March 6, 2019

School Matters, March 6

PDS Receives $5 Million Gift

Princeton Day School (PDS) has received a $5 million gift, the second largest in the School’s history, from donors who wish to remain anonymous. The gift comes in two parts: $3 million, which the School has already received and has been put to immediate use; and $2 million, offered as a 1:1 challenge for new gifts and pledges received between now and June 30, 2019.

In announcing the gift, Head of School Paul J. Stellato noted that past fundraising initiatives have focused primarily on support for academic programs, facilities, professional development, and endowment for need-based financial aid. The new funds will be directed towards “a long-anticipated and critically needed facility”: a 30,000 square foot, LEED-certified athletic center adjoining the skating rink and containing a field house with two indoor courts for multi-sport use and four international squash courts.

Princeton Montessori Hosts Exchange Students From China

Eleven exchange students, ages 6-13, from Luo Music Education in Beijing, China visited Princeton Montessori (PM) School last month on a two-week cultural immersion exchange.

The collaboration between the two schools was designed by Lucy Luo, founder of the music school and former PM parent, and PM Head of School Michelle Morrison. Luo used to work in the Princeton area, according to a PM press release, and after she relocated back to China she continued to travel back to Princeton to enroll her son in classes at PM to improve his English.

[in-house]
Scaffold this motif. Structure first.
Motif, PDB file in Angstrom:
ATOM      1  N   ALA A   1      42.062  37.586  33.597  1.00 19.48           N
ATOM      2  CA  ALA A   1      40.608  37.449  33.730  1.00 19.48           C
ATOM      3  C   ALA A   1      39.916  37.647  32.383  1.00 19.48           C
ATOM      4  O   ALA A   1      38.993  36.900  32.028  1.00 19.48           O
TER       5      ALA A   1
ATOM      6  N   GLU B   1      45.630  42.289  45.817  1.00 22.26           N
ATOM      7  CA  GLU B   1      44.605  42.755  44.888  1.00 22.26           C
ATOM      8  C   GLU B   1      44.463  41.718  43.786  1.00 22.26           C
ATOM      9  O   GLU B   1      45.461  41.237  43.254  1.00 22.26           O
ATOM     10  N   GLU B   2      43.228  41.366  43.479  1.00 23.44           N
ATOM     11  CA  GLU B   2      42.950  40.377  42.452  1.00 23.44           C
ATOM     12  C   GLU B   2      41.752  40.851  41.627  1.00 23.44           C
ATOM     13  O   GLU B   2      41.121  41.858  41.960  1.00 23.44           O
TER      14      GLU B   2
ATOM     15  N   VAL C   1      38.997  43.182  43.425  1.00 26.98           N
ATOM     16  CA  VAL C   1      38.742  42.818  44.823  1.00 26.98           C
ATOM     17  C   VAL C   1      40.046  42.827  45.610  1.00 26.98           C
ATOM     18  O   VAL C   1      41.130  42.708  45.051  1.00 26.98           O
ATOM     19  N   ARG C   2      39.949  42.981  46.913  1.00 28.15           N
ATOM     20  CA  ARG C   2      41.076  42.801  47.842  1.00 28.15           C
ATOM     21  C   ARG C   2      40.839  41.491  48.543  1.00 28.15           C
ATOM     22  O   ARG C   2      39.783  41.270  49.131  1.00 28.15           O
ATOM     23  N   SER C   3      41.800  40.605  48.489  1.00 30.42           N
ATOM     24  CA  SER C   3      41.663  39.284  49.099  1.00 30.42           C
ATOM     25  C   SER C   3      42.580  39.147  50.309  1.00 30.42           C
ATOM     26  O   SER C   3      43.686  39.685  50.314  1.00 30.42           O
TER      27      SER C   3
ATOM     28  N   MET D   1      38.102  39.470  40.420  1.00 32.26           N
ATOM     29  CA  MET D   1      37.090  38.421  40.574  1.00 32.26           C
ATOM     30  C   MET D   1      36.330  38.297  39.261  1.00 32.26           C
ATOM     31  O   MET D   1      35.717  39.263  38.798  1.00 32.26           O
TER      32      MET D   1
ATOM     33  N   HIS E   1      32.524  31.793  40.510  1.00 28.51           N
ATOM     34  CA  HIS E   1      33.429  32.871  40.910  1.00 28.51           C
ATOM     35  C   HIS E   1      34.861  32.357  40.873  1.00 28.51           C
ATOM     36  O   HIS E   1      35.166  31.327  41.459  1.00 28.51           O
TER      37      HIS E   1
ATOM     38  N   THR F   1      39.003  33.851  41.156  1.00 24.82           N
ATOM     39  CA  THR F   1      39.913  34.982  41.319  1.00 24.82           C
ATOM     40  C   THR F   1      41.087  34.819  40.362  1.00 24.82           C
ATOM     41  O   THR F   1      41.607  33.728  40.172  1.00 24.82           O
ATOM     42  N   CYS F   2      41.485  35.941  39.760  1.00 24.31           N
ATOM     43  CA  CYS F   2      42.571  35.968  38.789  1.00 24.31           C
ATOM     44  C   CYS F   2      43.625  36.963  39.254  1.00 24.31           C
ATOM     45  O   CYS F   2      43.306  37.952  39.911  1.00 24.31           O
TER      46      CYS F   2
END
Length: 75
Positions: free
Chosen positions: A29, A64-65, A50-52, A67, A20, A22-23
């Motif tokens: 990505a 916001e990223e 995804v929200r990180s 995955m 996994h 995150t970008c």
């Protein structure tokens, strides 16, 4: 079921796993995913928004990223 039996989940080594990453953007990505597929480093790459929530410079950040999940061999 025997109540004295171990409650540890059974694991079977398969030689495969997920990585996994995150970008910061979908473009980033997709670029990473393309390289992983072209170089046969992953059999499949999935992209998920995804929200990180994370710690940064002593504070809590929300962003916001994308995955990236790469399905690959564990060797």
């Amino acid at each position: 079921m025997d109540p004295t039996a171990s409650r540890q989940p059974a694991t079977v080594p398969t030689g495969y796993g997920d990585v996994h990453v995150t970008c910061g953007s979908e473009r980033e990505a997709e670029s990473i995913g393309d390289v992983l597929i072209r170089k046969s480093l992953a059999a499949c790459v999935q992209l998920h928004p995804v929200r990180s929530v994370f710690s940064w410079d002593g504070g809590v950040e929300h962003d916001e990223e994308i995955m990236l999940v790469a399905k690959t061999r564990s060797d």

The Chinese students, who traveled to the U.S. with their families, ranged widely in their proficiency in English, but assmilated well into their classrooms and absorbed American culture during downtime with their families, according to PM.

“Children on both sides saw the similarities across the human experience while marveling at and appreciating the differences in culture and language, all of which help to alleviate misunderstanding or biases,” said Morrison. “Programs like this reinforce the belief that world peace and harmony are possible.”

PHS Celebrates Black History Evening

A Black History Evening of Cultural Celebration: Sharing Our Voices and Talent Together took place on Friday, March 1 in the Princeton High School cafeteria.

Co-hosted by Minority Student Achievement Network (MSAN) and Pride Unity Leadership Sisterhood Esteem (PULSE), the event showcased Princeton Public Schools students’ and staff’s talents through all performing arts genres, including song, poetry, dance, and more.  The event also featured a special tribute to Shirley Satterfield, historian and longtime Princeton resident.

A New Jersey Education Association PRIDE “Black Lives Matter” grant helped to sponsor the event, which was organized by PPS social worker and coordinator of student and family services Lenora Keel, who is the advisor for MSAN and PULSE.

Waldorf School Receives Garden Grant

The Waldorf School of Princeton was recently awarded a grant from the Foundation for Sustainability that will allow the school to combat soil erosion and accessibility issues.

With the new funding, the school will be able to construct raised garden bed boxes that will increase harvest yields, provide better drainage, improve air circulation and nutrient retention in the soil, reduce pest damage, and cultivate healthier root systems. Construction is scheduled to be completed in time for spring planting season.

“Building frames around the raised garden beds will conserve our soils and create better accessibility for students,” said WSP gardening teacher and environmental educator Valerie Leone. She also said she is excited to move into the development to enliven the garden for bees and other pollinators.